Getting firmly into the land of alcohol-free living (and ensuring that you stay there without the Wine Witch luring you back into destructive old habits) requires a degree of forward planning; knowing what emotions to expect once the old crutch has been kicked away, preparing for the potential pitfalls and learning how to work through cravings will all stand you in good stead when it comes to maintaining your alcohol-free lifestyle.
Becoming sober and learning how to be happy with regards to your decision to live without booze amounts to so much more than merely pouring all the remaining wine in the house down the sink – living as a non-drinker takes some getting used to, especially if the drinking has been protracted and heavy. Maintaining an alcohol-free approach means finding out who you really are beneath the falsity of booze and learning how to interact socially without your old alcoholic prop. It means experiencing raw emotion and discovering how to cope with negative situations without drinking the problem away.
Quitting alcohol can lead to uncomfortable truths coming to the fore; a relationship may not be all it appeared to be when under the influence of booze, underlying mental health issues such as depression or anxiety disorders, traumas buried, could suddenly become exposed having previously been disguised by the mood-altering effects of alcohol, and the emotions of guilt and shame arising as a result of erstwhile drunken behaviour may now demand attention, no longer so easily hidden with a constant stream of wine.
It is these wrinkles and creases which will need ironing out in the first few weeks and/or months of alcohol-free life, and which if left unattended could prove to be the root cause of the sober apple-cart being upturned.
A whimsical notion of stopping drinking can quite easily never come to fruition, prevented from developing into something more concrete by an omission of thought pertaining to how to explain such a bold and (for many) radical lifestyle choice to friends and family, or to the practical solution of what to drink as an acceptable alternative to alcohol, or of how to fill the sudden vast increase in spare time each evening. Without forward-planning, an initial rush of enthusiasm for a commitment to alcohol-free living can be quashed in no time at all, purely as a result of the individual in question not putting into place a viable plan of action and instead attempting to coast along exactly as before only minus the glass of vino to hand.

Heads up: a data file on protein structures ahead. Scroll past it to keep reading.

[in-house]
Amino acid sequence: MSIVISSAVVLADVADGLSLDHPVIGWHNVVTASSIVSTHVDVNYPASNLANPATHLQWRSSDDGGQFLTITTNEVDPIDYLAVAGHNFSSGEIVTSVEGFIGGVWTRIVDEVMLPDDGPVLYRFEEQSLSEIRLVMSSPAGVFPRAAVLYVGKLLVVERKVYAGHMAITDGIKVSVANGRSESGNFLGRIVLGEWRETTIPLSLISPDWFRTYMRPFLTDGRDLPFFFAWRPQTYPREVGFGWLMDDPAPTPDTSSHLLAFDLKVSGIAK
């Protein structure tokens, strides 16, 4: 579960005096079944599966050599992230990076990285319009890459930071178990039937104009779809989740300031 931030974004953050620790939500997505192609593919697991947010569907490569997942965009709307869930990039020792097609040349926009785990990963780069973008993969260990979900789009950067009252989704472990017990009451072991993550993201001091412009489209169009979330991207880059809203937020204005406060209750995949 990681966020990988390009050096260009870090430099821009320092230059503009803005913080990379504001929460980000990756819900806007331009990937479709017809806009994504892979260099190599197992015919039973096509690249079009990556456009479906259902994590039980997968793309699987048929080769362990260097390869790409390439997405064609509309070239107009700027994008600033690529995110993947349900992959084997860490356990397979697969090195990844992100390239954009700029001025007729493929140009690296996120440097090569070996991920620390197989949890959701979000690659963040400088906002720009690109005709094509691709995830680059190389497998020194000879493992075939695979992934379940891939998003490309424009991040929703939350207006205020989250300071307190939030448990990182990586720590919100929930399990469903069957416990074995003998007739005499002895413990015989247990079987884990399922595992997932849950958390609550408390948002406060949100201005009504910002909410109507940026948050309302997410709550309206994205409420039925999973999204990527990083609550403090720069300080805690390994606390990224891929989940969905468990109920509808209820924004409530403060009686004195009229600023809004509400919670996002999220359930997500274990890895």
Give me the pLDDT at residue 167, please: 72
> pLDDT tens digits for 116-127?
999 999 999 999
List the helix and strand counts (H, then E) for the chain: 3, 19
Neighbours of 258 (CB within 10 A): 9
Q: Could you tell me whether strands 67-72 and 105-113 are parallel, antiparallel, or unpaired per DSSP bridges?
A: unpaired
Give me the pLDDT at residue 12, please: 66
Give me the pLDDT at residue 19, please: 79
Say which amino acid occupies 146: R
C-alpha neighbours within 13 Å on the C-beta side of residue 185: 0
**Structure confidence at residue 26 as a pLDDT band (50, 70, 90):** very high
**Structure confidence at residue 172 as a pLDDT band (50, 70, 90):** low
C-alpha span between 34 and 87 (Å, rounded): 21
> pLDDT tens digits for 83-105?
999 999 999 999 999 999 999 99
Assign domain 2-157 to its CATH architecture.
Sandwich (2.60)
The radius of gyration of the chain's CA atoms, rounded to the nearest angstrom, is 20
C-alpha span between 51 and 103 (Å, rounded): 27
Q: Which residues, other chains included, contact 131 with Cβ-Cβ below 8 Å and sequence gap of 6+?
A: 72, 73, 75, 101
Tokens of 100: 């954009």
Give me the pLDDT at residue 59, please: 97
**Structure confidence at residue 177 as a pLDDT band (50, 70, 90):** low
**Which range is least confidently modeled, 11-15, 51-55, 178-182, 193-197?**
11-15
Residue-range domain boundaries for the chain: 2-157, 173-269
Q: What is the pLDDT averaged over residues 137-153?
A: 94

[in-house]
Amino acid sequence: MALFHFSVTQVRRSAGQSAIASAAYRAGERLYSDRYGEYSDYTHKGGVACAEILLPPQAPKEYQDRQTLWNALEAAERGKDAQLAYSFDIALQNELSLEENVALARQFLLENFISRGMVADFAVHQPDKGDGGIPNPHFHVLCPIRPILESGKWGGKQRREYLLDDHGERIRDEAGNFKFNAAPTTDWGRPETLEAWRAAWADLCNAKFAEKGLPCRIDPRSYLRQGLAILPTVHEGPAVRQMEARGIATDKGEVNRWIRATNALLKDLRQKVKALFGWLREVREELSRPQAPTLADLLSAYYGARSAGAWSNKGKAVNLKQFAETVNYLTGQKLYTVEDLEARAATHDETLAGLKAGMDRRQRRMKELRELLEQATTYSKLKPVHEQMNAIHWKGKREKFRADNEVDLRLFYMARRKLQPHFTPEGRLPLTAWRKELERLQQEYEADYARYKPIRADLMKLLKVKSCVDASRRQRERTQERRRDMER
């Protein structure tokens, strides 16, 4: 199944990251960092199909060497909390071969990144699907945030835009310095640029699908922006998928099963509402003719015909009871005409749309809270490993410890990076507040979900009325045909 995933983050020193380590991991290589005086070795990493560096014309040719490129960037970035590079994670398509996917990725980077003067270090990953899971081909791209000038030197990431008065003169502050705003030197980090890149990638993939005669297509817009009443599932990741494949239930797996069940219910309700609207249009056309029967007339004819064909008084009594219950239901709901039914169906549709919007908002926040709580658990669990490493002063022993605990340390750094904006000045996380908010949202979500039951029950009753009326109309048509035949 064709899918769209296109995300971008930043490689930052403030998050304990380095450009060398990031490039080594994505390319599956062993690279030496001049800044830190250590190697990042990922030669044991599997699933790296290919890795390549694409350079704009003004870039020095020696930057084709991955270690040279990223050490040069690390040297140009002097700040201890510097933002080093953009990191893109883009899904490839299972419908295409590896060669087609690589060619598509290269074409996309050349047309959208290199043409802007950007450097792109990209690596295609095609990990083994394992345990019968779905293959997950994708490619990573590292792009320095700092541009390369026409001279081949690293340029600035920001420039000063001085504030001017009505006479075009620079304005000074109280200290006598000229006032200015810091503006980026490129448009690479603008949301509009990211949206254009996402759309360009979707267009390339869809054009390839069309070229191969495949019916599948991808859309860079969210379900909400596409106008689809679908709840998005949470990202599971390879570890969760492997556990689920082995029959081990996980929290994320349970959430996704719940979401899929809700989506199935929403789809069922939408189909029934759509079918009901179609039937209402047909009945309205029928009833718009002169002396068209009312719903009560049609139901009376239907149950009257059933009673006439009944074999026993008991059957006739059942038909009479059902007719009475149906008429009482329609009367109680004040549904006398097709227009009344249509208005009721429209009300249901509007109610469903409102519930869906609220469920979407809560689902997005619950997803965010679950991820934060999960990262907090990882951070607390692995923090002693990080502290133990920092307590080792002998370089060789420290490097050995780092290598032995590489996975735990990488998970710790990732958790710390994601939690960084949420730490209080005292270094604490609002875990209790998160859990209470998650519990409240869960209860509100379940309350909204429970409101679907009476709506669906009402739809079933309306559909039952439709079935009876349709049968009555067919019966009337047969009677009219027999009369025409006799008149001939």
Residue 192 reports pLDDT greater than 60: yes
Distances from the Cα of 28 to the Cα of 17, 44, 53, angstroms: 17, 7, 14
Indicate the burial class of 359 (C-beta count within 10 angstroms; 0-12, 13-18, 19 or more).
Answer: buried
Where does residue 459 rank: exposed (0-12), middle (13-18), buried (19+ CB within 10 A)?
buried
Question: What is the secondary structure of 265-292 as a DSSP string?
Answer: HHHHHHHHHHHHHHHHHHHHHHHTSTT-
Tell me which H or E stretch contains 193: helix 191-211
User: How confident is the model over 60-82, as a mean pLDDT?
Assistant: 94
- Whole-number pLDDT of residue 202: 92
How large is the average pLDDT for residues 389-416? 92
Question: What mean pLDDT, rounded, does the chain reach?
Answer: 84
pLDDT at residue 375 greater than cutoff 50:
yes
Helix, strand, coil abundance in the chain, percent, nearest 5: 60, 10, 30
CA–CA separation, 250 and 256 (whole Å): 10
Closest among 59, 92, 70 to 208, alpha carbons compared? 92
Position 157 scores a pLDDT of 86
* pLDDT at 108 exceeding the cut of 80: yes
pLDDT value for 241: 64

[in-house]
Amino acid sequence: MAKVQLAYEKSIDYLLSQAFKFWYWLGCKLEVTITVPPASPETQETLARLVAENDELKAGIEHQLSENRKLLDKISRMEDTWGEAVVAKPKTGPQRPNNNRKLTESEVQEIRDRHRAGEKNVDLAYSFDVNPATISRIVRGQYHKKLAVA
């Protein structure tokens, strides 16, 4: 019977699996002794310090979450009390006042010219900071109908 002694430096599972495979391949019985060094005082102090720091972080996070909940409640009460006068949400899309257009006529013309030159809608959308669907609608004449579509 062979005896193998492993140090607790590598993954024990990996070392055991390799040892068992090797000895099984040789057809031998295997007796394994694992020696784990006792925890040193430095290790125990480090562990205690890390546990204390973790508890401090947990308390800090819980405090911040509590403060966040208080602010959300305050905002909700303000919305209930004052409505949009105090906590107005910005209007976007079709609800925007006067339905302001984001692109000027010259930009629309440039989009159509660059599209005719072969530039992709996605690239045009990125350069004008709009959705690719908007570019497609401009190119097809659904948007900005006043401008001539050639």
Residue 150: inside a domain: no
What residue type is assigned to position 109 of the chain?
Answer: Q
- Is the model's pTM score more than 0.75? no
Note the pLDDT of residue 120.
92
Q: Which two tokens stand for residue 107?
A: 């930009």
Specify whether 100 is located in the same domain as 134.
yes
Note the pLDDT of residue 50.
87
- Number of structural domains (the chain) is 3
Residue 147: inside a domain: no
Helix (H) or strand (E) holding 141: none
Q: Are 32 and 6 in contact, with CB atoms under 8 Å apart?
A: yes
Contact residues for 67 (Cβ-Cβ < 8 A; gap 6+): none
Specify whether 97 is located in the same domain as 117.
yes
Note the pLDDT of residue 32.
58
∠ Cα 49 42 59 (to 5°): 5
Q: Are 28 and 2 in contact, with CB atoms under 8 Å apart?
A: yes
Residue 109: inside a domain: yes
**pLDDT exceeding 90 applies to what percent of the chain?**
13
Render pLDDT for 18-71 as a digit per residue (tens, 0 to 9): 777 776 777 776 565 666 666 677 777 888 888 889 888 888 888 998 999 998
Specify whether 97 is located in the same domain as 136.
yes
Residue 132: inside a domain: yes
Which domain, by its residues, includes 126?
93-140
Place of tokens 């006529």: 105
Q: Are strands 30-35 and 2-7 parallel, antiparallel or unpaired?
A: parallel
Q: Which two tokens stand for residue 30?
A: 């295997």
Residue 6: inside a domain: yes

Becoming a non-drinker is a completely different process for everyone and despite there being common themes (for instance what might constitute a trigger point or act as a craving eliminator), we all became heavy drinkers for different reasons, and it is these we must address if we’re to have a good chance at committing to booze-free living. A lack of self-esteem and confidence in social situations is a frequently-cited reason for drinking excessively, as is struggling to cope with a bereavement or single parenthood or the breakdown of a long-term relationship; whatever the root cause is behind drinking to excess, it is this which a) must be identified and b) needs to be dealt with through an alternative coping strategy than alcohol.
In addition to the plethora of reasons why we as individuals come to develop our own unique dependencies upon booze, it is also worth acknowledging that the culture we are all submerged in holds alcohol in high esteem and is one in which it is promoted ubiquitously. Should you be one of the many who finds themselves unwittingly dependent on this addictive substance, then to extricate yourself from its tenacious grip can be incredibly challenging when all around us are messages of how alcohol injects our lives with glamour, sophistication and fun.
As further reinforcement to the alcohol industry’s campaign of promulgating alcohol as an essential social lubricator and utterly acceptable feature of most people’s lives, there exists in society a very negative perception of those who choose to be non-drinkers. Because those who have freed themselves from the alcohol trap are in the minority, this way of life which should be considered normal is in actuality regarded as being odd by many, and that by not partaking in regular binge drinking a person is weird and anti-social. This social pressure is another reason why remaining AF can sometimes prove to be an uphill struggle. So how exactly should one go about the task of cutting alcohol out of their life for good? Because the reasons for abusing alcohol and the level of dependency differ from drinker to drinker, a useful approach to becoming AF is to create a personalised plan of action.
In essence, the glaringly obvious reason why so many relapse is that these root causes haven’t been addressed from the get go. No one would need to hit rock bottom, if they have access to the right approach. Constantly being told that all you have to do is stop drinking, stay stopped, and not mending these background issues with good therapy instead of incessantly having to define yourself as an alcoholic until infinity and beyond is not a label that would ever heal the wounds that brought you to the point of almost self destruct in the first place.
That is the difference between the Sanctuary Six Week Programme and many other methods, calling time on wine o’clock is a very small part of a much more complex picture of our fake desire for it. We have to recognise our flaws in detail, then and only then, can you be truly free. Rather than count the days, count the number of mental health battles you win.